The Centers for Disease Control and Prevention plans to expand the use of ultrasounds to monitor pregnant women for the virus during pregnancy.
The Centers of Disease Control announced Monday that it will also begin testing for covid infection during pregnancy after the CDC announced earlier this month that the agency would begin using the technology.
The agency said in a statement that the ultrasound technology “will help us better understand the risks associated with Zika transmission during pregnancy.”
The ultrasound technology will help us to better understand and control transmission during early pregnancy.
A new CDC study released Monday found that about 80 percent of pregnant women who are exposed to Zika-carrying mosquitoes in the U.S. tested positive for the Zika virus.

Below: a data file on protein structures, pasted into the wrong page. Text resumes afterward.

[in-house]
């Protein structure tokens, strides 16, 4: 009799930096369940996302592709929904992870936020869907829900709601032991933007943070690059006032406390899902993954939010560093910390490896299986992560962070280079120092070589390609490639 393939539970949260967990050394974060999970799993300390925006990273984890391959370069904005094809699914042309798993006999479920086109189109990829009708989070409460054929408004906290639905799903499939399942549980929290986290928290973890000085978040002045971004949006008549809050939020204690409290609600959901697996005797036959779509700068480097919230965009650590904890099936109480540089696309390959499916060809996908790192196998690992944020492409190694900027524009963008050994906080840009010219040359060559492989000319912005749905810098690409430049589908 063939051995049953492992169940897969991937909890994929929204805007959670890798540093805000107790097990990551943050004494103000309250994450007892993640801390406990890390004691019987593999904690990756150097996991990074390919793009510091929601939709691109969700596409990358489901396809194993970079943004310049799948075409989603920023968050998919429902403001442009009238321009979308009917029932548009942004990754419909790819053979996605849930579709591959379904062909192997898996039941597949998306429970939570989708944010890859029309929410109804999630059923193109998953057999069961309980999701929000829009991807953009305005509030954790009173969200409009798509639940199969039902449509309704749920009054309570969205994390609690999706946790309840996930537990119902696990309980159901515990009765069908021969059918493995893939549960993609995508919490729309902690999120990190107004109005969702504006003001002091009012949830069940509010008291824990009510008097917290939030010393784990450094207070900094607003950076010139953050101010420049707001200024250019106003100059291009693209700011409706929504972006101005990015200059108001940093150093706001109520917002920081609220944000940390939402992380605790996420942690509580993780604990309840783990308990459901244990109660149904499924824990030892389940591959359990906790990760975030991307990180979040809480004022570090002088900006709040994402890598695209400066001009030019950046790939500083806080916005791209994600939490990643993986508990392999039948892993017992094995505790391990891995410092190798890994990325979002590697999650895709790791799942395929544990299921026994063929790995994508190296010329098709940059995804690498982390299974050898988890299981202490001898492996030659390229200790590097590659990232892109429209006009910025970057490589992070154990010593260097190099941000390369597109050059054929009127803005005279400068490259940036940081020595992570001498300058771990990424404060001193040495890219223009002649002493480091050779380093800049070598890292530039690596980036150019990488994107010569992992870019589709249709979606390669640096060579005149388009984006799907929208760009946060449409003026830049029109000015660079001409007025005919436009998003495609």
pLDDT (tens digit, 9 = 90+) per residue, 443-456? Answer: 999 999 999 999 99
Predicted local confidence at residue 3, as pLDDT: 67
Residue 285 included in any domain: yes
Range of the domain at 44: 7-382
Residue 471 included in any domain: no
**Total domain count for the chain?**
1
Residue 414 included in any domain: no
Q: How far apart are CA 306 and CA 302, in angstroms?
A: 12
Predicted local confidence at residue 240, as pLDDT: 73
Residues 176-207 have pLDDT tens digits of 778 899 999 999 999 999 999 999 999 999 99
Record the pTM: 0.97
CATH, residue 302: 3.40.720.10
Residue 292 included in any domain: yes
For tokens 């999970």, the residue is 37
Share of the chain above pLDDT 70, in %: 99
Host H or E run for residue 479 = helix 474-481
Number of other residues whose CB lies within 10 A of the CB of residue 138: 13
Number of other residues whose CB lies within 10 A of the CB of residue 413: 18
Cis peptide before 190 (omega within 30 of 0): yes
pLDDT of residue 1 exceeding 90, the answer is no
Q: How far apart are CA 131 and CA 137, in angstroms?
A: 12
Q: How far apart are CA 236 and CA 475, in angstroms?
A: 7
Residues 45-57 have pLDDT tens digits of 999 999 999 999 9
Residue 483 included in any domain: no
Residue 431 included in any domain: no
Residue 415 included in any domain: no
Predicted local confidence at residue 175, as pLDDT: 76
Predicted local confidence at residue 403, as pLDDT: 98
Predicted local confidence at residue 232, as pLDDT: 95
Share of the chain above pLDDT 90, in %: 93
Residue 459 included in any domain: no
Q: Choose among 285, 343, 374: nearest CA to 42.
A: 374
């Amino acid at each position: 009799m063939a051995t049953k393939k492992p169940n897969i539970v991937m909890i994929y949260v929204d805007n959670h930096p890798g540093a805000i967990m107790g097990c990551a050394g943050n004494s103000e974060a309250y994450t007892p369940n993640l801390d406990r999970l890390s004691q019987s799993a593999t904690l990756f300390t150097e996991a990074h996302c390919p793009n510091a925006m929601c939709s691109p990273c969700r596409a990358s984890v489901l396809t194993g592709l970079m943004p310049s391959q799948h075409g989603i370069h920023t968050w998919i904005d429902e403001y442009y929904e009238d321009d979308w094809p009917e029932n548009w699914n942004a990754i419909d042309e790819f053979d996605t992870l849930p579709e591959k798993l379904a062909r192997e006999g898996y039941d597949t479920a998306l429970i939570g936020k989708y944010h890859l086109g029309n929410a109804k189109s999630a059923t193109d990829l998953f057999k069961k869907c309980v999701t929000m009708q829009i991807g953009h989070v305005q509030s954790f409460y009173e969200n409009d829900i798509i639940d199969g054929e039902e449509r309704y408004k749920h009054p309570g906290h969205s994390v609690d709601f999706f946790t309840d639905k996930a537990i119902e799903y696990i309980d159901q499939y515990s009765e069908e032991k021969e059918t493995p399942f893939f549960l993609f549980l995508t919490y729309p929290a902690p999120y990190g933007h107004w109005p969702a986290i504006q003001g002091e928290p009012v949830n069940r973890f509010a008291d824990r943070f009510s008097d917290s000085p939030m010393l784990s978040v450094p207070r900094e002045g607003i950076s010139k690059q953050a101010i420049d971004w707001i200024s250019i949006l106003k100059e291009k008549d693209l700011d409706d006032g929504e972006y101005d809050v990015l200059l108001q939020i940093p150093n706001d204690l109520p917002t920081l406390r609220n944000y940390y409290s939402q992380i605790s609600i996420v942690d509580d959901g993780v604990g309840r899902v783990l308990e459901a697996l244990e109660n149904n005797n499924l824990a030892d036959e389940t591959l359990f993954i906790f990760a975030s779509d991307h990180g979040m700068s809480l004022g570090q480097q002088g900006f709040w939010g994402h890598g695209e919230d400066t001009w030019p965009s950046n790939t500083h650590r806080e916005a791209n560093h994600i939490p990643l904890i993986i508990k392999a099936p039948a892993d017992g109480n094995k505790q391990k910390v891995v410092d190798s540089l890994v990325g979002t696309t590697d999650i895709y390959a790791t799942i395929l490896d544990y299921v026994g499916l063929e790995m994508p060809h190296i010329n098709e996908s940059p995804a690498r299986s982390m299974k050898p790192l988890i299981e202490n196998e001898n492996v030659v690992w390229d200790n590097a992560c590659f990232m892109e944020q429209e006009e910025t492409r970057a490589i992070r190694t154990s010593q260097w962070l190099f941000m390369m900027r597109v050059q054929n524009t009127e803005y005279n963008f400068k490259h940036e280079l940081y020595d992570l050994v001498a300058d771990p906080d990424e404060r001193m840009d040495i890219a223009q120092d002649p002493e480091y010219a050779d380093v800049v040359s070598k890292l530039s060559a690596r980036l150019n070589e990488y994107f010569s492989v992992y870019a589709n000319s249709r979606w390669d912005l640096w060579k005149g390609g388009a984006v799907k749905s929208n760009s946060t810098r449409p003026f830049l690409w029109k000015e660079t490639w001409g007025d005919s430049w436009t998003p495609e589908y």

In the United States, Zika is spread primarily through blood transfusions and is spread by mosquitoes that can carry the virus from person to person.
Zika has been linked to microcephaly, a birth defect that causes babies to be born with unusually small heads and a low head circumference.
The CDC reported in June that the number of babies born with microcephelas increased by 50 percent in the first three months of this year, after a Zika outbreak was first detected in Brazil in the summer of 2015.
The virus is transmitted mainly through the bite of an infected mosquito, but the mosquito can transmit other diseases through direct contact with the blood of an affected person.